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Tuesday, August 28, 2007

Clap Your Hands Say Yeah - "Some Loud Thunder" (self released, 2007)
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"All this talking... you'd think I'd have something to say. But I'm just talking, like a siren getting louder and farther away"
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It was an odd twist of coincidence. I was going to post and ask y'all to start firing off requests for albums to review... as long as they were in my collection, or attainable (no, Rich, Adam Again "Dig" is not on vinyl that I know of), and out of no where Matt makes such a request. "You have to," he says. The album? "Appetite for Destruction." Its the 20th anniversary (dear God, that long already?). So I agreed. I will take pics and do it soon. I wanted to take a short break from metal, lest I become a cliche.
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Carl's Favorite Songs - #36 - If the Truth Be Known by No Laughing Matter
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Clap Your Hands Say Yeah are a triumph. They exemplify music as an art form. They are entirely self supported and published; no label, just word of mouth. Their first LP was a marvel, and garnered a lot of buzz. Two of the three most powerful Davids in the world were even fans (Bowie and Byrne, leaving only Letterman to climb on board). While they are a modern take on Talking Heads, They Might Be Giants, and Violent Femmes, they sound little like any of those bands. Furthermore, the hard-to-love-if-you-are-only-a-casual-fan vocals further separate them from anyone coming before. Their 2007 LP, "Some Loud Thunder," was hotly anticipated. Could they repeat? Would there be a slump? Was it all overblown to start with?
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Most critics and moderate fans hated the new LP in its first few days of life. I was very upset to read the negative reviews, because almost all of them didn't get the art aspect of music. It's useless to try to explain to people that when a band has a hit that they don't always strike gold again. And the sophomore slump is usually the result of pressures and expectations out of the band's control. But CYHSY suffered from none of this, yet people turned on them. The biggest criticism is that the album sounded different, that it was more dissonant, that they over experimented with odd production effects, and that it wasn't as good as the first LP. All you have to do is listen to the first track on the first LP to get where they are coming from... they are experimenting with sounds as a collage; building a mood and a way to express feeling without being explicit (meaning "clear," not "dirty").
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If I am ever allowed to teach my dream course, modern music appreciation, I would use "Some Loud Thunder" as a test LP to see if a pupil has patience to appreciate music as art (much as early Modest Mouse, solo Frank Zappa, or middle period Bjork would have served to do before). While it is devoid of any real mix-tape igniting singles, it is a complete and fantastic LP. It was a great start to the slew of '07 releases, and to be honest, it was less of a disappointment than many of the follow-ups released so far (QOTSA leading the way on that list, holy crap was that a miss). Clap Your Hands Say Yeah are for music fans who spend more time lost in thought than trying to work on their fret board work. And best yet, it isn't for the tight jeans set.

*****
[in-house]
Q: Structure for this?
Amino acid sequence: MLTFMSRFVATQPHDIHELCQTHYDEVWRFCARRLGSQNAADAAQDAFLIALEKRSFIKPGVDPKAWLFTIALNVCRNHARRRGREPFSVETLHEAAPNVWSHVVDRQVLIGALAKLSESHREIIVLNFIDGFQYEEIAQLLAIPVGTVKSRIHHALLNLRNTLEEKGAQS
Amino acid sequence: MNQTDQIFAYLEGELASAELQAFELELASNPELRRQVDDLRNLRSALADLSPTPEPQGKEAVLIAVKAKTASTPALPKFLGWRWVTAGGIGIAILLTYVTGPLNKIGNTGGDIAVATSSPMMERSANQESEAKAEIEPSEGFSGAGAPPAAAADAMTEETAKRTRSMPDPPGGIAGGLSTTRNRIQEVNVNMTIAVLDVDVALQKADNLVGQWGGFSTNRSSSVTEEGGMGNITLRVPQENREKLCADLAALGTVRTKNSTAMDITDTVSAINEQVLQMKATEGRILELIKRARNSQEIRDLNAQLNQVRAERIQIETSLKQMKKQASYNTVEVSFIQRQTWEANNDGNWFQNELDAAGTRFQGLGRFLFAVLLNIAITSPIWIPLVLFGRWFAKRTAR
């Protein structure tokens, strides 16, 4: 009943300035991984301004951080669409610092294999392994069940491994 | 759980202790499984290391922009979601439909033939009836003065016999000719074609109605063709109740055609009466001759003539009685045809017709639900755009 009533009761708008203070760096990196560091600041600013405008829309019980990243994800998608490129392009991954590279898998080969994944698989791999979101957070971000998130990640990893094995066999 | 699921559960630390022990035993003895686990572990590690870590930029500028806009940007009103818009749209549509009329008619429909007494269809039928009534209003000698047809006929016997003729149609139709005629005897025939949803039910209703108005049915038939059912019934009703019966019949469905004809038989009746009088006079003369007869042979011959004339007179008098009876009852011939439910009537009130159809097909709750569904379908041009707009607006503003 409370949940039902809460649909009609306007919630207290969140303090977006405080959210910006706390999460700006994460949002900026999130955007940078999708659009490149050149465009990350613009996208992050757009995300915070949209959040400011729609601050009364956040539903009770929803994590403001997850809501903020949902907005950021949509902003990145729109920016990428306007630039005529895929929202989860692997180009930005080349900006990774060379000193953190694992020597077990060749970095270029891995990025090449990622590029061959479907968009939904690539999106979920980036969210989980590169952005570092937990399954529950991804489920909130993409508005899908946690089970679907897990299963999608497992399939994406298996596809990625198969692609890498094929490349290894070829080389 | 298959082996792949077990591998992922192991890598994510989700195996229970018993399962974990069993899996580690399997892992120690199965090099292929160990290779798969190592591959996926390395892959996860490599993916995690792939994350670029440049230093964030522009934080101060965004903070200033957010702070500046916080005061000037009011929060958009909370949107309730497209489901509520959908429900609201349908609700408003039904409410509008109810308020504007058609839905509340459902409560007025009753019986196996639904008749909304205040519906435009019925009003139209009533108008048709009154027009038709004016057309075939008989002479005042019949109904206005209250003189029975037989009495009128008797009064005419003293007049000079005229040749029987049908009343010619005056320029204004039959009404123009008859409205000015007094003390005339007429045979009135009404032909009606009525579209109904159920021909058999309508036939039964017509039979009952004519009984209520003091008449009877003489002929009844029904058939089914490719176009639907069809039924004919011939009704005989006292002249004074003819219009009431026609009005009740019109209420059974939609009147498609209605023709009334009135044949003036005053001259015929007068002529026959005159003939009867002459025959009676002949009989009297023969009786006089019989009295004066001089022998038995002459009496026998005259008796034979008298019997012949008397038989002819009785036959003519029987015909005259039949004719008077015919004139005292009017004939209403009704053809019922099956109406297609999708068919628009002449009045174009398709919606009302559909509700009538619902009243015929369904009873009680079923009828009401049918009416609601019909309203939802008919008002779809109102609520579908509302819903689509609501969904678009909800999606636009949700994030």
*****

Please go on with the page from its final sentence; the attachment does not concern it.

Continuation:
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Horns up!

Sunday, August 19, 2007

Black Sabbath - "Black Sabbath" (Warner Brothers Records, 1970) [key tracks: NIB, The Wizard]
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"Now I have you with me, under my power. Our love grows stronger now with every hour. Look into my eyes, you will see who I am... My name is Lucifer, please take my hand"
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Hey! I am back. You still check this site? Cool! Way cool! Lots happened this summer. The biggest news from Carl-ville is that we bought our first house. Its a nice little house in Council Bluffs. Come over anytime. I'll make you listen to records though. That's right, the man-cave is fully operational. Now NFL just needs to begin... Other news that makes me happy is the fact that I have now, in my possession, 3 of my top 5 wished for records. More on that in entries to come. And, I started my P3 year of pharmacy school (again... heh). Anyway, busy busy. On to the rock!
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Carl's Favorite Songs - #37 - Wasted Years by Iron Maiden
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Decibel Magazine recently had a Stoner Rock themed issue, in which they attempted to list the top Stoner albums of all time. I have very little quarrel with anyone making a list, because I know how complex and hard it is to do. However, my brother was upset to see that the number one album of all time was "Master of Reality" by Black Sabbath. In his opinion, it should be their first album. And I have a hard time making a good argument against him. The debut LP from Ozzy and crew is as chest crushing and soul blackening today as it was new and thrilling then... hearkening to groove metal and doom metal that wouldn't arise for a decade or two after the LP hit shelves. Frank Zappa himself often stated that his idea of the perfect rock songs/sound was a variety of Sabbath tunes from their first few LPs. The horror show, low toned, plodding macabre blues rock set the pace for ALL good metal bands to come. It is senseless to list Sabbath as an influence; from appearance, to theme material, to sound and packaging... all of metal as we know it is built on the Sabbath template (and to be fair, Zepplin too).